• Linux Fedora (and related)
sudo dnf install make automake gcc gcc-c++ kernel-devel git libwebsockets-devel pkg-config zlib-devel libnl3-devel libcap-devel libpcap-devel NetworkManager-libnm-devel libdwarf libdwarf-devel elfutils-devel libsqlite3x-devel protobuf-devel protobuf-c-devel protobuf-compiler protobuf-c-compiler lm_sensors-devel libusb-devel fftw-devel

You will also need the related python3, rtlsdr, and ubertooth packages.

  • Other Linux distributions

Most distributions will have equivalent packages. If your distribution splits binary and development packages, make sure to install both if you’re compiling.

Clone git

Clone Kismet from git. If you haven’t cloned Kismet before:

git clone https://www.kismetwireless.net/git/kismet.git

If you have a Kismet repo already:

cd kismet
git pull

Configure

This will find all the specifics about your system and prepare Kismet for compiling. If you have any missing dependencies or incompatible library versions, they will show up here.

cd kismet
./configure

Pay attention to the summary at the end and look out for any warnings! The summary will show key features and raise warnings for missing dependencies which will drastically affect the compiled Kismet.

If you’re compiling for a remote capture platform only, check the remote capture docs for more information.

Compile

make

You can accelerate the process by adding -j #, depending on how many CPUs you have. To automatically compile on all the available cores:

make -j$(nproc)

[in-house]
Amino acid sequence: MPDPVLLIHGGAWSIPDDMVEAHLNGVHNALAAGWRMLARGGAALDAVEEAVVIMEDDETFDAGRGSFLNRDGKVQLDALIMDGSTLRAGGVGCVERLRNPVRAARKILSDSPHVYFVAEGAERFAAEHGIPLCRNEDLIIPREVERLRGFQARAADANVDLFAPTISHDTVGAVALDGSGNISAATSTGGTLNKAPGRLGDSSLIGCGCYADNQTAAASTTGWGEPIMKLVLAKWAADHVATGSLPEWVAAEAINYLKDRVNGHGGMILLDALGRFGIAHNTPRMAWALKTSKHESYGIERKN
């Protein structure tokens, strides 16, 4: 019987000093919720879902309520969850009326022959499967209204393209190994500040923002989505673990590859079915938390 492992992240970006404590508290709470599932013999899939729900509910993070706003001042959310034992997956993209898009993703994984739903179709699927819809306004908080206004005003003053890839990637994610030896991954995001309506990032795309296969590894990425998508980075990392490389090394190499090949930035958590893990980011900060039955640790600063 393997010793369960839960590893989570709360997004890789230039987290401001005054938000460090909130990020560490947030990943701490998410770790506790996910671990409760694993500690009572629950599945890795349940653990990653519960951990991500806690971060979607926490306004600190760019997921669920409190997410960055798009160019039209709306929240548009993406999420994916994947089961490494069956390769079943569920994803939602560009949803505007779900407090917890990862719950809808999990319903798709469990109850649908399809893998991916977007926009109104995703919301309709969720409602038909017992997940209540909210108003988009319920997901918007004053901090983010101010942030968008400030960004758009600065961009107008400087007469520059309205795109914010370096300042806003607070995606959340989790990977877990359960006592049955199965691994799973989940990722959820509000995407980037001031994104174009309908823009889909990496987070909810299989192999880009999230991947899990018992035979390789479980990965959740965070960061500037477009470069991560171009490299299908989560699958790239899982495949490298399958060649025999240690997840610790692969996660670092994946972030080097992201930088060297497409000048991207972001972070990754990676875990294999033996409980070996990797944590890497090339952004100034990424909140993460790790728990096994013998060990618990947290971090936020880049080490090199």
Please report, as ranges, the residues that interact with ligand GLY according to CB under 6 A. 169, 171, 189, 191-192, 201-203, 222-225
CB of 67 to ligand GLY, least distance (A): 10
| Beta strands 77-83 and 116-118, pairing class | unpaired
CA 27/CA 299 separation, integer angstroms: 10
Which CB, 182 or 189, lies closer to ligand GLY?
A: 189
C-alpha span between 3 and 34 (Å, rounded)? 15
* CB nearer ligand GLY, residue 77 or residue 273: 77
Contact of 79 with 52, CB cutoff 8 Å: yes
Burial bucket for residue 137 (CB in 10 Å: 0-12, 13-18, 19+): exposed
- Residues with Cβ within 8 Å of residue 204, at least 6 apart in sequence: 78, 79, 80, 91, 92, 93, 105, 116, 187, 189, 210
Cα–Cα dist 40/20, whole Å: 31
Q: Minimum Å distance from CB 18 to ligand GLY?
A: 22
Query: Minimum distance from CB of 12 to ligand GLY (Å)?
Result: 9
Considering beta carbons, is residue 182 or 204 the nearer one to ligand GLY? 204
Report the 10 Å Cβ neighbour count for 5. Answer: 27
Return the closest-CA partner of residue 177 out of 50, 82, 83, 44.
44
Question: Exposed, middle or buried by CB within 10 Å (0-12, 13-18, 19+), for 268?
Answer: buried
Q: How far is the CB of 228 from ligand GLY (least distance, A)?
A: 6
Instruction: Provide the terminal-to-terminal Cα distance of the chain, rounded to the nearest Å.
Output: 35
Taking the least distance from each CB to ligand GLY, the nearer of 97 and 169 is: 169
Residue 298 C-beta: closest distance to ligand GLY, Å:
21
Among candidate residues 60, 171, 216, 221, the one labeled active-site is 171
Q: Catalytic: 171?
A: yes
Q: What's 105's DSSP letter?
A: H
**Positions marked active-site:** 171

Compiling modern C++ (such as the Kismet codebase) can require a significant amount of RAM. You may need to limit the number of parallel compile processes if you encounter memory errors during compiling.

Compile-time dependency errors

Sometimes, when updating the git repository, files have changed significantly enough that the Makefile system does not automatically recover fully. If you encounter errors about missing header files (foo.h not found for example), try removing all .d files and running make again:

rm *.d

These files are used to identify which parts of the code need to be recompiled; rarely, when code is moved around, they get confused.

If this still does not fix the problem, you can try a clean git checkout (remove the kismet directory and re-run the git clone and configure steps.)

Installing

Generally, you should install Kismet as suid-root; Kismet will automatically add a group and install the capture binaries accordingly.

When installed suid-root, Kismet will launch the binaries which control the channels and interfaces with the needed privileges, but will keep the packet decoding and web interface running without root privileges.

sudo make suidinstall

Setting up the group

make suidinstall will automatically create a kismet group. To run Kismet, your user needs to be part of this group.

sudo usermod -aG kismet ${USER}

This will add your current logged in user to the kismet group.

Reload your groups

Groups are not updated automatically; you will need to reload the groups for your user.

Either log back out and log in, or in some cases, reboot.

Check that you are in the Kismet group with:

groups

If you are not in the kismet group, you should log out and log back in, or reboot - some session and desktop managers don’t reload the groups on logout, either.